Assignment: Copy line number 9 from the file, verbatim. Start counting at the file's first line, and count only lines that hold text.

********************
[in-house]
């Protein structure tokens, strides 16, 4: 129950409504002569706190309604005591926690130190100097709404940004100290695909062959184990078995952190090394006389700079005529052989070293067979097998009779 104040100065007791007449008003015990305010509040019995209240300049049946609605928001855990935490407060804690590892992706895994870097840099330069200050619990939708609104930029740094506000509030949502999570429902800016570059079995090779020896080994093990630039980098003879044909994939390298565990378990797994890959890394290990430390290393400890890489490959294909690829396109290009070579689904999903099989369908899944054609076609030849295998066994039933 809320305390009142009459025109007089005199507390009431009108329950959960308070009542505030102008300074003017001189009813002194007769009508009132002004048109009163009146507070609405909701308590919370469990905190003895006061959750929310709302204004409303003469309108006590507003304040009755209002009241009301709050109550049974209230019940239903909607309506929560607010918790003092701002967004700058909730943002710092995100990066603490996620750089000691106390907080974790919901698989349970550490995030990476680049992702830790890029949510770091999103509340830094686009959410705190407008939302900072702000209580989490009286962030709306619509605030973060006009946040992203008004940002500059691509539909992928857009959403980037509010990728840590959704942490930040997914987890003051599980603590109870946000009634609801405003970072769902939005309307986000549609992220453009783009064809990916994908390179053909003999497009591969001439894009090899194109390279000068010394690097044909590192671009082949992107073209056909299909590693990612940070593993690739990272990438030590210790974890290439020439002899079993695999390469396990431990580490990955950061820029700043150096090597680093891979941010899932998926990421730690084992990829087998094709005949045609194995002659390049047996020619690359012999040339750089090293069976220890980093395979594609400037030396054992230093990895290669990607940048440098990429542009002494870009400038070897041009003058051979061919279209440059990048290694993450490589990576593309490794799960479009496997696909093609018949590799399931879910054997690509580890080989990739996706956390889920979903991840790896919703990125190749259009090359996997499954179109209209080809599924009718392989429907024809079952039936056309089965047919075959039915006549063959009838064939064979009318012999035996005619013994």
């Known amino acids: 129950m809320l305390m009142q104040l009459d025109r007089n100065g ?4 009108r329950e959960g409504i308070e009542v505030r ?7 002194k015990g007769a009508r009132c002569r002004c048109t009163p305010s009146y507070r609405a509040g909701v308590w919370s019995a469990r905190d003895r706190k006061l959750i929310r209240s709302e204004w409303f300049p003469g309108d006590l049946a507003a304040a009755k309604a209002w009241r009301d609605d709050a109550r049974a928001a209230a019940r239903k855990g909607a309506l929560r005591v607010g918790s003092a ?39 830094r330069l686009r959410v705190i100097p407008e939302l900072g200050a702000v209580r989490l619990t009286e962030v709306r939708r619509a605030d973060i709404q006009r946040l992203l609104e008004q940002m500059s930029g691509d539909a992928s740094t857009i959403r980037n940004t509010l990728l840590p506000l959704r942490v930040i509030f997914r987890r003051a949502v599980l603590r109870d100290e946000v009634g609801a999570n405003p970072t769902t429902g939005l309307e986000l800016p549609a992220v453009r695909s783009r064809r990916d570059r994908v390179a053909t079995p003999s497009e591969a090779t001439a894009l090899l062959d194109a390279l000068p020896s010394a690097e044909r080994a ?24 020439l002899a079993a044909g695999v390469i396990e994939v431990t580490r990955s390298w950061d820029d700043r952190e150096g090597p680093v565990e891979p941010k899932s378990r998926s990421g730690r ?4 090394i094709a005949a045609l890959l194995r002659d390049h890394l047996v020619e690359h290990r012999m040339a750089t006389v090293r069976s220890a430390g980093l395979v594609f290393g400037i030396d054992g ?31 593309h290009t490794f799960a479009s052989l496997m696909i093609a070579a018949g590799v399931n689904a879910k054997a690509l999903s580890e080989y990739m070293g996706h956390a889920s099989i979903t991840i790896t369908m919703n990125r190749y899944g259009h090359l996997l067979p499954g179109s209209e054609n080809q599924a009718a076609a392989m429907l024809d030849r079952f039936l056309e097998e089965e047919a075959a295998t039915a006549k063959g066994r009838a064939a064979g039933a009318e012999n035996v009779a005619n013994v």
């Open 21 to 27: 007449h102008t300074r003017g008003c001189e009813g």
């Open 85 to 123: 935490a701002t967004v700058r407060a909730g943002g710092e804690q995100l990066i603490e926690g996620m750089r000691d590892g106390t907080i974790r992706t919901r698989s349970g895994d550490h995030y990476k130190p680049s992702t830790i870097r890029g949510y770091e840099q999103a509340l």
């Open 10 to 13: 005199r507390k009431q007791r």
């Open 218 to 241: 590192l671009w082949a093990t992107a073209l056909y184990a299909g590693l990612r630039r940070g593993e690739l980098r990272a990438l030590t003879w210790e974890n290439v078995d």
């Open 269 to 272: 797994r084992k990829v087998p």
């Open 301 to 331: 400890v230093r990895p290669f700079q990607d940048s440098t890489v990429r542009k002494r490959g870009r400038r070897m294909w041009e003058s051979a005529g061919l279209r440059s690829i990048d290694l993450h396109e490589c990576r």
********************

């Open 301 to 331: 400890v230093r990895p290669f700079q990607d940048s440098t890489v990429r542009k002494r490959g870009r400038r070897m294909w041009e003058s051979a005529g061919l279209r440059s690829i990048d290694l993450h396109e490589c990576r």